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Experience of SPD in German schools/GPs?

(3 Posts)
Jofski Sat 19-Sep-15 22:50:28

Hi all. Sorry for cross posting, I've added this to the special SPD thread but thought I should probably widen the net to all you SN experts. I have a 5 year old son with sensory processing disorder. We will be moving to Berlin next summer (with his Dad who's German) so our son will be starting a German primary school. Does anyone have experience of schools in Berlin and/or Germany and school/GP understanding of SPD? I've checked some international forums but can't find anything more recent than 2011 when the picture seemed bleak - i.e. GPs didn't' seem to know anything about it. Any advice will be gratefully received.

choc4ddict Sat 19-Sep-15 23:13:24

do you speak any German? might be worth finding some similar websites in German. or even trying to post there in English.

anzu66 Wed 23-Sep-15 10:26:44

I'm in Berlin. My son is at primary school, and has ASD and sensory issues.

First off, you do know that are a few state-run primary schools which are bilingual for English and German, right? Are you aiming at admission one of those, or a purely German language school?

Bear in mind that the state-run bilingual schools go from 8 in the morning to 4 in the afternoon. Friday afternoons you can optionally leave a bit earlier. If your son needs Occupational Therapy, trying to fit it in around such a long school day can be hard.
German only schools are either Ganztagsschule (i.e., also from 8 to 4, although many have lessons only in the morning and afternoons are homework, childcare, or sport and hobby-type activities), or regular schools (i.e., 8 till about 12.30 or 1, and completion of a lot more homework expected than for the Ganztagsschule.
A very few schools start at 8.30 or 9.

From talking to parents who have dealt elsewhere with various issues of their child, and who have then come to Germany, it does seem very bleak in comparison.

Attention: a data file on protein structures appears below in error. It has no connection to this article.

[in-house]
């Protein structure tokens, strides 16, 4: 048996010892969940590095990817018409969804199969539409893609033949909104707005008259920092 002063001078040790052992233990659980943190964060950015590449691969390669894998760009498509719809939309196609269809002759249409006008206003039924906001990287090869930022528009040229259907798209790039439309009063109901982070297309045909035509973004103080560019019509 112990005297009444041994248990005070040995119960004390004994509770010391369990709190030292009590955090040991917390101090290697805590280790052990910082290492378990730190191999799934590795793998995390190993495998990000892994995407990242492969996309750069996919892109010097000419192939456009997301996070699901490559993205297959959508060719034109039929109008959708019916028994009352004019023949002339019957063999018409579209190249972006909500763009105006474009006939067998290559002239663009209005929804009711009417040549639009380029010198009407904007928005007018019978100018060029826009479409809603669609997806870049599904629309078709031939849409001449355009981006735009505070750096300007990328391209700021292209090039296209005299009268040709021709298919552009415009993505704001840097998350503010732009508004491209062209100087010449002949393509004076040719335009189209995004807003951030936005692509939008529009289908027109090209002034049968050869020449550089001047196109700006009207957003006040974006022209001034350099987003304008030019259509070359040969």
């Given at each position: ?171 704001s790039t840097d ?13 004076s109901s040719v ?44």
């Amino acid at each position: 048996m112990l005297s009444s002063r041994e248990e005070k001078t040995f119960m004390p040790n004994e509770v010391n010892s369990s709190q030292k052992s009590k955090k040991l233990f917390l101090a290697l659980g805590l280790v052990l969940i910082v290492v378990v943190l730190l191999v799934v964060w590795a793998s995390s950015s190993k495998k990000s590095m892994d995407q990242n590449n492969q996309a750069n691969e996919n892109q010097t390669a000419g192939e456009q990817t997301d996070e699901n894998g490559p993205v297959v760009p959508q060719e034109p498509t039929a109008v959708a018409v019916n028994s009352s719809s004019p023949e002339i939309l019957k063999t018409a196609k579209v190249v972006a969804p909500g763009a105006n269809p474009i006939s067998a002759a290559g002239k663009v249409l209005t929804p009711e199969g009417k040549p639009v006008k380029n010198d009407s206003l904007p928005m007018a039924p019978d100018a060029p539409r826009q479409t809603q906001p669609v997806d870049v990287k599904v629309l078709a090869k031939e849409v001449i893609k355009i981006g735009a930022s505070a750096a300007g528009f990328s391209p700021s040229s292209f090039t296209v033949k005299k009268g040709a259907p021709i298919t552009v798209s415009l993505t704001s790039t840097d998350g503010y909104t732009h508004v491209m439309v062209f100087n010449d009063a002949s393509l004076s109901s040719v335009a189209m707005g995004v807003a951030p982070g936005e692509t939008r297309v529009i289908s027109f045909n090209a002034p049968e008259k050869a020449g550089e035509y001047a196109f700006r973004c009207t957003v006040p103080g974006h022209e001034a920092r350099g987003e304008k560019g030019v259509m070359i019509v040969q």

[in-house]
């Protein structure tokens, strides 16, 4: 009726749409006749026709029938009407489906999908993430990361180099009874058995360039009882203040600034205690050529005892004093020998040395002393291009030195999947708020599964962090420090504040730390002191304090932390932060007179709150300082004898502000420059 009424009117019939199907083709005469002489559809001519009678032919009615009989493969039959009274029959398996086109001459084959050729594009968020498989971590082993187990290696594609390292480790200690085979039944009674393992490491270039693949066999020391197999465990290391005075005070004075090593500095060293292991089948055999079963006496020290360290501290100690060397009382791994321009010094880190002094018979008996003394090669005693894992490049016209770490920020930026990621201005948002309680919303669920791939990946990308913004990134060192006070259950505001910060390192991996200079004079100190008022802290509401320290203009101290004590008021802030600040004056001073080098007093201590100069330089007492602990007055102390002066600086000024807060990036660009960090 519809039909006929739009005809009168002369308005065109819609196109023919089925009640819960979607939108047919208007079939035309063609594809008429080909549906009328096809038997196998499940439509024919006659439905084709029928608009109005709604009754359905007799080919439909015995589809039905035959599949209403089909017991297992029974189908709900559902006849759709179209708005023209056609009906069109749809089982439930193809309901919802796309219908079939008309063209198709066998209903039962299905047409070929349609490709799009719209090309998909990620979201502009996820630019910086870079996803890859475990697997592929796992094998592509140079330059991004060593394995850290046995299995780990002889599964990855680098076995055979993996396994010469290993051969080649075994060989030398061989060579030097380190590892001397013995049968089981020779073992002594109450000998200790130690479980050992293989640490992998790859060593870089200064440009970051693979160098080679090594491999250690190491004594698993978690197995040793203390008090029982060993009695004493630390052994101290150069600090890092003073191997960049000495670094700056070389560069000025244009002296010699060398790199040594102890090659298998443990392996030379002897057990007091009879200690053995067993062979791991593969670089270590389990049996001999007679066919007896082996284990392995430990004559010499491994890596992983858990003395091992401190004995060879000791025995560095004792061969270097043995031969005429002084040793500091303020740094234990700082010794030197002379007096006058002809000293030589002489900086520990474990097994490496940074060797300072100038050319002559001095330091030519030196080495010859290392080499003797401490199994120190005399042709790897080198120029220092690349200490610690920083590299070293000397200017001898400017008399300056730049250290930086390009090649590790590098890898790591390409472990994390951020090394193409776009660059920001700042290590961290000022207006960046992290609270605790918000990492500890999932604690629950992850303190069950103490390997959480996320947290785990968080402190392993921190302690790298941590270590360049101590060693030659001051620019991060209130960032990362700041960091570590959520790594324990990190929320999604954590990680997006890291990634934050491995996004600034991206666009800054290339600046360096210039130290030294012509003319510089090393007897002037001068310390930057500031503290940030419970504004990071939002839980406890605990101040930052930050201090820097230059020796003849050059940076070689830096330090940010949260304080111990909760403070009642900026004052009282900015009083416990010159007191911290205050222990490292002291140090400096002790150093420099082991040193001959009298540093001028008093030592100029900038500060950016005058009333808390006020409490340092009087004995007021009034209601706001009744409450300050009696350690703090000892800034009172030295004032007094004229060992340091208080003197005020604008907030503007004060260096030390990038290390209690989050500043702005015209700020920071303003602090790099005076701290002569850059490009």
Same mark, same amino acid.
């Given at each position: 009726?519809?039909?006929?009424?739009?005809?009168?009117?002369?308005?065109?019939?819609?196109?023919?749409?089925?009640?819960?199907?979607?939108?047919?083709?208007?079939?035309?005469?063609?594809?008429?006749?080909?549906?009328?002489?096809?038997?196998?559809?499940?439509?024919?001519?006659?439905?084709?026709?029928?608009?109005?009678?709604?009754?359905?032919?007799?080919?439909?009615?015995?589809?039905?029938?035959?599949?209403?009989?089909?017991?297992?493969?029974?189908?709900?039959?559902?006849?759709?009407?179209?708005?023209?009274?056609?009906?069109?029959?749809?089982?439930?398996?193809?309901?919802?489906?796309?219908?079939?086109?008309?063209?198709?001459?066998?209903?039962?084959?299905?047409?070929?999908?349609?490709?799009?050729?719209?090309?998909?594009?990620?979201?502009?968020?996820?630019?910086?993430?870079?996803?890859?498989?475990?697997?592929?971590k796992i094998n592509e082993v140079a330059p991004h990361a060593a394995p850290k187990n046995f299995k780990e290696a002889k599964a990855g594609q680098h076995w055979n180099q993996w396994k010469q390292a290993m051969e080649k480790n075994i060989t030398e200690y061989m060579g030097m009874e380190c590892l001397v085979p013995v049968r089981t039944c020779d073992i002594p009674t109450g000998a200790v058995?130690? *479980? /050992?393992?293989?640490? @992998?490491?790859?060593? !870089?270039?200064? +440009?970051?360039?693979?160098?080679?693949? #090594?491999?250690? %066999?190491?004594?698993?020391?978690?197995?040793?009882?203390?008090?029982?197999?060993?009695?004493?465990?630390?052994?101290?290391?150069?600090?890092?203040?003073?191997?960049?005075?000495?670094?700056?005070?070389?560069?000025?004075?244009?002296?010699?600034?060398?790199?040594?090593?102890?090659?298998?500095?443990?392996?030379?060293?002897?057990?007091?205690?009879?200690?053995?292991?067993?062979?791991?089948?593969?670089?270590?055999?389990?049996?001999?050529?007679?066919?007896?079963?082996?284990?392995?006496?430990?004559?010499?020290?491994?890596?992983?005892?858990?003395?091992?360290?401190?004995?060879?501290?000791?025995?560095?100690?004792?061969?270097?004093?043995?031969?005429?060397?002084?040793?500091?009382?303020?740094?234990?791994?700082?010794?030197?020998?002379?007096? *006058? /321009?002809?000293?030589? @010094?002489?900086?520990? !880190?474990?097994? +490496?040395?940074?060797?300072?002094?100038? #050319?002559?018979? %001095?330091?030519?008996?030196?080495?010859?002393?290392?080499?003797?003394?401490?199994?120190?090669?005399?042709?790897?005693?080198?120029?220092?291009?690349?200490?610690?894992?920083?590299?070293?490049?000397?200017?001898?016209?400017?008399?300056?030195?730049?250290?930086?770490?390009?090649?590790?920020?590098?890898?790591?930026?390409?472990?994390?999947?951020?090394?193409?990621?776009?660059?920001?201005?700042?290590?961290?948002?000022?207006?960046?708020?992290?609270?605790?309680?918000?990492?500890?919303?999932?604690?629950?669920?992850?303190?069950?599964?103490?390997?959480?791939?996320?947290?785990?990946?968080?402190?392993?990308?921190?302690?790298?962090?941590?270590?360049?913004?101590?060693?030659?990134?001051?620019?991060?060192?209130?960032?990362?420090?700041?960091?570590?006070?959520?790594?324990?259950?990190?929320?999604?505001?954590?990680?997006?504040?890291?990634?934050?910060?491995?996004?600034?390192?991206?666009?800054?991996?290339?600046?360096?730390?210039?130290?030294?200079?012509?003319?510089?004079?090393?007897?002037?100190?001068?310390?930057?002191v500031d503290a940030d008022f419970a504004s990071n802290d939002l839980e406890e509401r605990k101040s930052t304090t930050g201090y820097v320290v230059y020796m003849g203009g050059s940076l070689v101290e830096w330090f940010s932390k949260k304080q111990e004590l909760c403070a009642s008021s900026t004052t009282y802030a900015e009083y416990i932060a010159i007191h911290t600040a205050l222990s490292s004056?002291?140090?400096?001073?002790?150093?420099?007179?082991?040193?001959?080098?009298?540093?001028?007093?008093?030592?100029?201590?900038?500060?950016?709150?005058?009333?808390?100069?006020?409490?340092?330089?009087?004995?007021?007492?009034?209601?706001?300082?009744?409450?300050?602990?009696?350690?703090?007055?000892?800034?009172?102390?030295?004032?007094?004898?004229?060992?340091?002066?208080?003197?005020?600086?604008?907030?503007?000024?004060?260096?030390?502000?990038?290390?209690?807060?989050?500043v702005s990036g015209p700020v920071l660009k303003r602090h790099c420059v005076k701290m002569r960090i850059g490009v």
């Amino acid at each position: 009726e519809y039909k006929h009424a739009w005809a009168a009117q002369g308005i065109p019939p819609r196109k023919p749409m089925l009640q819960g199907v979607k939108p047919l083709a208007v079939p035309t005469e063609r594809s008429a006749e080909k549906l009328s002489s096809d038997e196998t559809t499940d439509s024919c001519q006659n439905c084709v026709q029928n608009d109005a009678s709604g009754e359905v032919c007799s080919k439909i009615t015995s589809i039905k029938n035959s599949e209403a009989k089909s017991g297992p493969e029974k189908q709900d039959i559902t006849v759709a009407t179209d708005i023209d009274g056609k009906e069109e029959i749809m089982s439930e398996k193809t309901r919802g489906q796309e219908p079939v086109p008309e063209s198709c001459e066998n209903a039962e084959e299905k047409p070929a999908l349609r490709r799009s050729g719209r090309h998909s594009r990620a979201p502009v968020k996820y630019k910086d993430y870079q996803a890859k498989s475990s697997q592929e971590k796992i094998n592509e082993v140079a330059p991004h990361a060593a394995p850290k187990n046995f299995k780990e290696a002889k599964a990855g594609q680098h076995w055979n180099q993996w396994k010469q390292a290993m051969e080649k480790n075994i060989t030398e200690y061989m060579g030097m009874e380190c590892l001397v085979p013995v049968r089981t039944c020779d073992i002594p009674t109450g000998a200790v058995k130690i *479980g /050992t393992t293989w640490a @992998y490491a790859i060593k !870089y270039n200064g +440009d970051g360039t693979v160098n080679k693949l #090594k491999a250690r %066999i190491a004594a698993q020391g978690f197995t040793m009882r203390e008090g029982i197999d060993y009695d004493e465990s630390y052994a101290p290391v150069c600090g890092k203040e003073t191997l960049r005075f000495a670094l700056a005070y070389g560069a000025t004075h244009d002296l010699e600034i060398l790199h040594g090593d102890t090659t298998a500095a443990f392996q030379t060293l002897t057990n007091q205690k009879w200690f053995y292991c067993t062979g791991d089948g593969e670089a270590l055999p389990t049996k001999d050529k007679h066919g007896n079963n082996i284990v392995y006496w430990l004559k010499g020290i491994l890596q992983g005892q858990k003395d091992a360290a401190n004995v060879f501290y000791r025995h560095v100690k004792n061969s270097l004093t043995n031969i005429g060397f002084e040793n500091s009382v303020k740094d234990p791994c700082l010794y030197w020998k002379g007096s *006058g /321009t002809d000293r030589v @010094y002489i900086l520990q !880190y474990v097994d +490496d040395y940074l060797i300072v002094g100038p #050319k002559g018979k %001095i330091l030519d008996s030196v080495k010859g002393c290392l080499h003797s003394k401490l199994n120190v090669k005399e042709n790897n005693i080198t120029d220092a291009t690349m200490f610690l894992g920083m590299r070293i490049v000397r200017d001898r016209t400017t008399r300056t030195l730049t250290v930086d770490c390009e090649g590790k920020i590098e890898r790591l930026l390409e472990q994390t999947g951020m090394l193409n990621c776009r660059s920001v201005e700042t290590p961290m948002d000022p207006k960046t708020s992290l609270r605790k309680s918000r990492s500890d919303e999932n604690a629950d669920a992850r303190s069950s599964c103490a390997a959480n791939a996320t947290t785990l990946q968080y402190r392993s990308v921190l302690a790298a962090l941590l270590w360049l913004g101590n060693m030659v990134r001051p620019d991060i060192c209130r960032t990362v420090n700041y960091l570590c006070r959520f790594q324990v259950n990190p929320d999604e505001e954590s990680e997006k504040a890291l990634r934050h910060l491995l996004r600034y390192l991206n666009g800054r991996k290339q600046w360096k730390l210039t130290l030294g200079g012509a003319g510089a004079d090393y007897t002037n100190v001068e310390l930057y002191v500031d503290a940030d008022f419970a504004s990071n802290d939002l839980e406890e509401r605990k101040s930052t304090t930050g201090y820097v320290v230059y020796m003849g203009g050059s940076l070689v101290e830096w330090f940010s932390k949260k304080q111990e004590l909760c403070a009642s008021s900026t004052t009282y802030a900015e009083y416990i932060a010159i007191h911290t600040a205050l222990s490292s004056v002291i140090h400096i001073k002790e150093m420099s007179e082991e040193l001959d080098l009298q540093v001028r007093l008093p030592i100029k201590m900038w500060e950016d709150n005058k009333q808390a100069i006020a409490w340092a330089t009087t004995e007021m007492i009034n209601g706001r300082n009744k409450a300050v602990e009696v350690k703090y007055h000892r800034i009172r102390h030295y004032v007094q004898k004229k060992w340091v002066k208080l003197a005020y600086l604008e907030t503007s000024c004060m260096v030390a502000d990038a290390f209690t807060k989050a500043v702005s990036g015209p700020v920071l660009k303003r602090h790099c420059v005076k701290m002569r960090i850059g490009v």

As you no doubt expect, you will have to be very proactive. For example,
one of the boys in my son's class has sensory issues and ADHD. It hasn't been handled very well. For example, one of his teachers simply refused to accept that there was any issue, diagnosis, etc. And there the matter lay, with the teacher simply labeling the boy as naughty and disruptive, and not really bothering to teach him. That went on for two years.

GPs will probably be not much use. However, the German health care system allows you to directly make appointments with medical specialists. If the individual specialist says that they need a referral first, you should be able to go to your pediatrician and get the referral form (though you might need to insist quite a bit. Having official paperwork already with you from England should make this easier).

Obviously, ASD is not the same as SPD, but in the event that this is helpful, in my son's school, the process for him has gone something like this so far:

Diagnosis from an ASD specialist. Official report which I can use to try to get further help for him.
(The official report has also made it easy to get repeat referrals for Occupational Therapy).
Meeting with headmistress.
Meeting with a teacher whose job it is to look out for students who need special provision or assistance (providing special assistance is called foerdern in German, that teacher is referred to as the Sonderpaedagogin). NOT ALL SCHOOLS HAVE ONE.
Sonderpaedagogin fills out paperwork to apply for special status for the child. Child is observed in classroom by specialist teachers from an external school, their input was also needed for the paperwork.
Application for special status sent off. Wait for about a year (unfortunately, I am not exaggerating). Right now, we are in the waiting stage.

And finally, the bit that hopefully will truly be helpful to you.

Presuming that your husband's spoken German is better than yours, I would suggest that he phones the Schulamt in Berlin, talks to them about specifics of your son's condition and what processes should be followed.
By Schulamt, in this case, I mean various official centers whose job is to support inclusion of special needs in regular schools (the center's name is abbreviated to BUZ). One such center is in Neukoelln, and the link to it should be here.

There is another such center in Steglitz-Zehlendorf. If they have a web-page, they have certainly managed to hide it very thoroughly, but the phone number is (030) 902 992 511.

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